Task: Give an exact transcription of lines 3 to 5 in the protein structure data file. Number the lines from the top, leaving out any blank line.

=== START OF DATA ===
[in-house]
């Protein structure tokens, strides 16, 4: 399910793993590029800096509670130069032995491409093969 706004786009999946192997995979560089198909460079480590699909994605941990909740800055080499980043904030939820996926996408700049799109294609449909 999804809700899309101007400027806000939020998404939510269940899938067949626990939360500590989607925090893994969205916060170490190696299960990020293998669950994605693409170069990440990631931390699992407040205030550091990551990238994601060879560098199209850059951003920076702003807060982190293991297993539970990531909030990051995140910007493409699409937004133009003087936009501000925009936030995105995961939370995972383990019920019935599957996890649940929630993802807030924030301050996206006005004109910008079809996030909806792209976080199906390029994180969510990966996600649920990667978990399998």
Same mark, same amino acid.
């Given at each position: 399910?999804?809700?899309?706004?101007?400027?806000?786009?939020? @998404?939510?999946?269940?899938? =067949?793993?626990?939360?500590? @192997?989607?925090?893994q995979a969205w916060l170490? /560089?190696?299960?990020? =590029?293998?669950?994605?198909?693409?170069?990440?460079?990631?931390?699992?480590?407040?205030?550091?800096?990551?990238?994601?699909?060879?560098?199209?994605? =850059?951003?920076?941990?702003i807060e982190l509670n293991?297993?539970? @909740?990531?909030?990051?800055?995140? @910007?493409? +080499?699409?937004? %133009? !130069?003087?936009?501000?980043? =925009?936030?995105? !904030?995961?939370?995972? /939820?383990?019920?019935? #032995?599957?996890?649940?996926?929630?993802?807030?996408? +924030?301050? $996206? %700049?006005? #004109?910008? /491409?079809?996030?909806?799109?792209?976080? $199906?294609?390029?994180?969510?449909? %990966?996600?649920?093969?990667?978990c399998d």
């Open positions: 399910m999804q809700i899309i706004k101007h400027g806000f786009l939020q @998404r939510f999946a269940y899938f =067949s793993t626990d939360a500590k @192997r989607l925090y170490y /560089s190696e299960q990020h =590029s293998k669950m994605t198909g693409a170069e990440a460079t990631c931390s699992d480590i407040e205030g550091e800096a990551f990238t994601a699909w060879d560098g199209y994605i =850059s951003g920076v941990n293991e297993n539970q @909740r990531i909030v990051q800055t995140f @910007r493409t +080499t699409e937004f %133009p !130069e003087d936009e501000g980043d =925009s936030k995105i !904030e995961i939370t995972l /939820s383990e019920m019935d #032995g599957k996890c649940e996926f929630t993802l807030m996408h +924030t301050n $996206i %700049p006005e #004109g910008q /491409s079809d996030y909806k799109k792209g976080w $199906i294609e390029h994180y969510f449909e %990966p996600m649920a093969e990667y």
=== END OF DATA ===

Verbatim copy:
Same mark, same amino acid.
């Given at each position: 399910?999804?809700?899309?706004?101007?400027?806000?786009?939020? @998404?939510?999946?269940?899938? =067949?793993?626990?939360?500590? @192997?989607?925090?893994q995979a969205w916060l170490? /560089?190696?299960?990020? =590029?293998?669950?994605?198909?693409?170069?990440?460079?990631?931390?699992?480590?407040?205030?550091?800096?990551?990238?994601?699909?060879?560098?199209?994605? =850059?951003?920076?941990?702003i807060e982190l509670n293991?297993?539970? @909740?990531?909030?990051?800055?995140? @910007?493409? +080499?699409?937004? %133009? !130069?003087?936009?501000?980043? =925009?936030?995105? !904030?995961?939370?995972? /939820?383990?019920?019935? #032995?599957?996890?649940?996926?929630?993802?807030?996408? +924030?301050? $996206? %700049?006005? #004109?910008? /491409?079809?996030?909806?799109?792209?976080? $199906?294609?390029?994180?969510?449909? %990966?996600?649920?093969?990667?978990c399998d």
């Open positions: 399910m999804q809700i899309i706004k101007h400027g806000f786009l939020q @998404r939510f999946a269940y899938f =067949s793993t626990d939360a500590k @192997r989607l925090y170490y /560089s190696e299960q990020h =590029s293998k669950m994605t198909g693409a170069e990440a460079t990631c931390s699992d480590i407040e205030g550091e800096a990551f990238t994601a699909w060879d560098g199209y994605i =850059s951003g920076v941990n293991e297993n539970q @909740r990531i909030v990051q800055t995140f @910007r493409t +080499t699409e937004f %133009p !130069e003087d936009e501000g980043d =925009s936030k995105i !904030e995961i939370t995972l /939820s383990e019920m019935d #032995g599957k996890c649940e996926f929630t993802l807030m996408h +924030t301050n $996206i %700049p006005e #004109g910008q /491409s079809d996030y909806k799109k792209g976080w $199906i294609e390029h994180y969510f449909e %990966p996600m649920a093969e990667y």